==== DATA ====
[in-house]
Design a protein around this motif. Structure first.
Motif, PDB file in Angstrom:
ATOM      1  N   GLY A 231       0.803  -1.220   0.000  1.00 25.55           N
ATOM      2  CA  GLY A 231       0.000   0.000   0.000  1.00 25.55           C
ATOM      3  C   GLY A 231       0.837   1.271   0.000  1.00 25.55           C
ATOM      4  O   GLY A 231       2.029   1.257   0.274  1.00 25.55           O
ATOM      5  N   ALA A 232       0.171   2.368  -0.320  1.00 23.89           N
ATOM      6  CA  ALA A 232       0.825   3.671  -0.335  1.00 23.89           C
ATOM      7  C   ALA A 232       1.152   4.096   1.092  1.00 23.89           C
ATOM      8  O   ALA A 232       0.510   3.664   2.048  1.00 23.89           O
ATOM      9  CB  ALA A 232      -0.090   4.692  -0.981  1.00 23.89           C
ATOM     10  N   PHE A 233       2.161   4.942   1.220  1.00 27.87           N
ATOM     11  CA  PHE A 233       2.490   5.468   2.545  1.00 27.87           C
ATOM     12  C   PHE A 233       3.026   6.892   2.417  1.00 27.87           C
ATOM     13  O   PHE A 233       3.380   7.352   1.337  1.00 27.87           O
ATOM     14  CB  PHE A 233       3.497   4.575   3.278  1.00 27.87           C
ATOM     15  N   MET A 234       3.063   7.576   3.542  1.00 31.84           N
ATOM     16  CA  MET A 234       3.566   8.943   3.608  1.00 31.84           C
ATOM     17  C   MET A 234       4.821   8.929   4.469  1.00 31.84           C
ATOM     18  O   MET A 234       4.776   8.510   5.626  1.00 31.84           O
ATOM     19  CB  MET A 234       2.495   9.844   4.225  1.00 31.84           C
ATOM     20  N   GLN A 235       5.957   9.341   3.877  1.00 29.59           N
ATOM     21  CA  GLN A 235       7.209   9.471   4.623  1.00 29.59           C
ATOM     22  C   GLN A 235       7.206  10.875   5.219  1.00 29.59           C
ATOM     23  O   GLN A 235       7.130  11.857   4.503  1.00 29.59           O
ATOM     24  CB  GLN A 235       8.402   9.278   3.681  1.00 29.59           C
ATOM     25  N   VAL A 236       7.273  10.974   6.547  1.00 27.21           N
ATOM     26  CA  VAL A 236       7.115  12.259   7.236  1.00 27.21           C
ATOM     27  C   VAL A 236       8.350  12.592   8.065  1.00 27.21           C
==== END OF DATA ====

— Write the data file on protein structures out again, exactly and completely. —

[in-house]
Design a protein around this motif. Structure first.
Motif, PDB file in Angstrom:
ATOM      1  N   GLY A 231       0.803  -1.220   0.000  1.00 25.55           N
ATOM      2  CA  GLY A 231       0.000   0.000   0.000  1.00 25.55           C
ATOM      3  C   GLY A 231       0.837   1.271   0.000  1.00 25.55           C
ATOM      4  O   GLY A 231       2.029   1.257   0.274  1.00 25.55           O
ATOM      5  N   ALA A 232       0.171   2.368  -0.320  1.00 23.89           N
ATOM      6  CA  ALA A 232       0.825   3.671  -0.335  1.00 23.89           C
ATOM      7  C   ALA A 232       1.152   4.096   1.092  1.00 23.89           C
ATOM      8  O   ALA A 232       0.510   3.664   2.048  1.00 23.89           O
ATOM      9  CB  ALA A 232      -0.090   4.692  -0.981  1.00 23.89           C
ATOM     10  N   PHE A 233       2.161   4.942   1.220  1.00 27.87           N
ATOM     11  CA  PHE A 233       2.490   5.468   2.545  1.00 27.87           C
ATOM     12  C   PHE A 233       3.026   6.892   2.417  1.00 27.87           C
ATOM     13  O   PHE A 233       3.380   7.352   1.337  1.00 27.87           O
ATOM     14  CB  PHE A 233       3.497   4.575   3.278  1.00 27.87           C
ATOM     15  N   MET A 234       3.063   7.576   3.542  1.00 31.84           N
ATOM     16  CA  MET A 234       3.566   8.943   3.608  1.00 31.84           C
ATOM     17  C   MET A 234       4.821   8.929   4.469  1.00 31.84           C
ATOM     18  O   MET A 234       4.776   8.510   5.626  1.00 31.84           O
ATOM     19  CB  MET A 234       2.495   9.844   4.225  1.00 31.84           C
ATOM     20  N   GLN A 235       5.957   9.341   3.877  1.00 29.59           N
ATOM     21  CA  GLN A 235       7.209   9.471   4.623  1.00 29.59           C
ATOM     22  C   GLN A 235       7.206  10.875   5.219  1.00 29.59           C
ATOM     23  O   GLN A 235       7.130  11.857   4.503  1.00 29.59           O
ATOM     24  CB  GLN A 235       8.402   9.278   3.681  1.00 29.59           C
ATOM     25  N   VAL A 236       7.273  10.974   6.547  1.00 27.21           N
ATOM     26  CA  VAL A 236       7.115  12.259   7.236  1.00 27.21           C
ATOM     27  C   VAL A 236       8.350  12.592   8.065  1.00 27.21           C